Smartphone user privacy concerns don’t end!

Just a few weeks ago, the chairman of the Bundestag’s Digital Agenda committee, Manuel Hoferlin, declared that Apple was on a “dangerous path” with plans to implement tracking of child sexual assault material on the device. For Hoferlin, the initiative undermines “secure and confidential communication.” Surely no one expected it to be discovered buying Pegasus spyware, by the criminal police of that country.

Apple and privacy: one of its great maxims.

According to recent reports, the German Federal Criminal Police Office (BKA) bought access to Pegasus spyware from NSO Group in 2019 after the failure of internal efforts to develop similar iOS and Android surveillance tools. The agreement was revealed in a closed session with the Interior Committee of the German parliament.

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Germany does the same thing that criticizes Apple

The statements state that the tool was purchased in 2019 and is currently used in conjunction with a less effective state-developed Trojan. As noted in the report, NSO spyware exploits zero-day vulnerabilities to get access to smartphones, including the latest iPhones, for record conversations, collect location data, access chat transcripts and more.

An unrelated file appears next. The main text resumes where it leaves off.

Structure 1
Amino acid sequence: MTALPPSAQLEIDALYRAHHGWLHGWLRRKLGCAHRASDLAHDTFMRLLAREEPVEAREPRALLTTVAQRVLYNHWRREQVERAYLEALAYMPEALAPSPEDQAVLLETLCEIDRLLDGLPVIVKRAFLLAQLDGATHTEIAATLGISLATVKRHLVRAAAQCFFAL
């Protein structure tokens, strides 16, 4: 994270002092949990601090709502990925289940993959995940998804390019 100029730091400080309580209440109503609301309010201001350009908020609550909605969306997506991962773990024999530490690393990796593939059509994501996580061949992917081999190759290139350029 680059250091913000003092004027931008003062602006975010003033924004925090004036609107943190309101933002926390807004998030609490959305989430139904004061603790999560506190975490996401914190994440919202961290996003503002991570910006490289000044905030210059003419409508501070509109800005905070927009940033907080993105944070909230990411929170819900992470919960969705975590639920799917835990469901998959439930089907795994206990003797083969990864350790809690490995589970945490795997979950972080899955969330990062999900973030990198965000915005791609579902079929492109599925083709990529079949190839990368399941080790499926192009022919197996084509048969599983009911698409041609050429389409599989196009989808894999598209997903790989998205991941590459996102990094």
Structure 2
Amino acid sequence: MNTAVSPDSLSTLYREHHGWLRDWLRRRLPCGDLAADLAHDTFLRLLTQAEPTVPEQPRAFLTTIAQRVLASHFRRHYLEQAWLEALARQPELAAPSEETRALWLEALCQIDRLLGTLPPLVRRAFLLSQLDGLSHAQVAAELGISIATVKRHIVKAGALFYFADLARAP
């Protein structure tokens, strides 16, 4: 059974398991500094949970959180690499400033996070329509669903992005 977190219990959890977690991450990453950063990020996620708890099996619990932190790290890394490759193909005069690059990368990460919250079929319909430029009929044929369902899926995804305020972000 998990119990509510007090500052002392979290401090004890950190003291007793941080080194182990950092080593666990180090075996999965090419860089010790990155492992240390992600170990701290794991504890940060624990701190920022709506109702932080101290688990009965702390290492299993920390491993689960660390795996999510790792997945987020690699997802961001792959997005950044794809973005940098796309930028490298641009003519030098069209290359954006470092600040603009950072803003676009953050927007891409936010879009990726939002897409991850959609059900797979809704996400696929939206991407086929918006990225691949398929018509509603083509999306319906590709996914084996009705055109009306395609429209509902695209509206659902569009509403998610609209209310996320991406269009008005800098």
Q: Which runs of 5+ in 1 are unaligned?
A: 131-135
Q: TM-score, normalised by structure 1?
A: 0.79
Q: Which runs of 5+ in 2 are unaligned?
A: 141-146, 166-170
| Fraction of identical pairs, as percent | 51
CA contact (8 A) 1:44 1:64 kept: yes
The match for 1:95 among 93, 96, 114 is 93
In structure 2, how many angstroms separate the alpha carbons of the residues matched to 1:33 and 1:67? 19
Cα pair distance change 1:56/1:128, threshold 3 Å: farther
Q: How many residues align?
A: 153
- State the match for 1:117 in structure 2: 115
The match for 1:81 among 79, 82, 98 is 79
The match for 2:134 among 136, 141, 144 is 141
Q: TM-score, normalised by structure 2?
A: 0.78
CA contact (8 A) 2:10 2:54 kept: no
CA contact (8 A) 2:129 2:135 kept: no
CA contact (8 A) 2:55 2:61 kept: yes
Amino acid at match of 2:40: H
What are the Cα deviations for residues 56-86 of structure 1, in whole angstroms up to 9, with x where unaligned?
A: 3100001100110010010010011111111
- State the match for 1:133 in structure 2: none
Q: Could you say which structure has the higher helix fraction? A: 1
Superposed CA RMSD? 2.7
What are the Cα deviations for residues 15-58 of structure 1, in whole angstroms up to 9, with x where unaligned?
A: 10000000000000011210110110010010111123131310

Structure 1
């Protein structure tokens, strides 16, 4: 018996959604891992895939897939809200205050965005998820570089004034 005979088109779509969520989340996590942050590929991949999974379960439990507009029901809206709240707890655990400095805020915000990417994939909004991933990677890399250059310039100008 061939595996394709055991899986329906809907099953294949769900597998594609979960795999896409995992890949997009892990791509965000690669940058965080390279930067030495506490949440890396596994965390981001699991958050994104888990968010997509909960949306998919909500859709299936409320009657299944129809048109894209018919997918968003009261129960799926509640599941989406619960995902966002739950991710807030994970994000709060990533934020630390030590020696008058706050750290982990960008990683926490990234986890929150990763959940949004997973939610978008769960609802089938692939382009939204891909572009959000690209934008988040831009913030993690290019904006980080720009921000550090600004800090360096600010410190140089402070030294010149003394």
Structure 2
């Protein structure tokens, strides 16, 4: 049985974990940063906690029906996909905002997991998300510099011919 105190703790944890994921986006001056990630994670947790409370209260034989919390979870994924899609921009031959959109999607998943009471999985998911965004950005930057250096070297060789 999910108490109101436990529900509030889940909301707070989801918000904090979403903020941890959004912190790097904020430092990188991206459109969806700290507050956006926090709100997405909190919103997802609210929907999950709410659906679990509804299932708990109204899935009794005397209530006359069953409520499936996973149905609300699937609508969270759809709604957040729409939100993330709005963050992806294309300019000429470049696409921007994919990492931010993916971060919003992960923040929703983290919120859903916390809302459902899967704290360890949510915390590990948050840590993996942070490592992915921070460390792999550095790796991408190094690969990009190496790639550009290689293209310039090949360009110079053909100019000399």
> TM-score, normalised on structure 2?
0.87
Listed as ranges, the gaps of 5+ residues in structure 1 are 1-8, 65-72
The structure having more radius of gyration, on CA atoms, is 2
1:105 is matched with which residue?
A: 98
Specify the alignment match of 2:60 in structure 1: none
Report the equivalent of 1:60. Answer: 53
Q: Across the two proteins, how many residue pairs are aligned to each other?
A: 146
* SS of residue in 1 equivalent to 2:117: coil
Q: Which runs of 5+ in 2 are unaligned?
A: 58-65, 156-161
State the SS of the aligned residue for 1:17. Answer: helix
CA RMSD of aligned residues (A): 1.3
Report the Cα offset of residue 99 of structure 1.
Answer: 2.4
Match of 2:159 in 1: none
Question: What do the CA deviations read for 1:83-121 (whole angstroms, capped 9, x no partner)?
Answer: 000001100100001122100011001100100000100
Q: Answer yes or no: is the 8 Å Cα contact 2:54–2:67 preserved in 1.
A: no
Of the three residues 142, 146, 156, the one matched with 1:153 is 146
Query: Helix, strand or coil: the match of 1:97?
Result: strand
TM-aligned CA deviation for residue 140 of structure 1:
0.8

The Pegasus acquisition contradicts Germany’s laws, which state that authorities can only hack into suspects’ mobile phones and computers in special circumstances, while surveillance operations are governed by similarly strict rules. Although still it is unknown how the restrictions are implemented and if they have been effective. It is also unknown how often and against whom Pegasus was deployed.

According AppleinsiderGermany approached NSO for a possible license agreement in 2017, but the plan was rejected due to concerns about the software’s capabilities. The talks resumed after the BKA’s attempts to create its own spyware failed.

Related topics: Manzana

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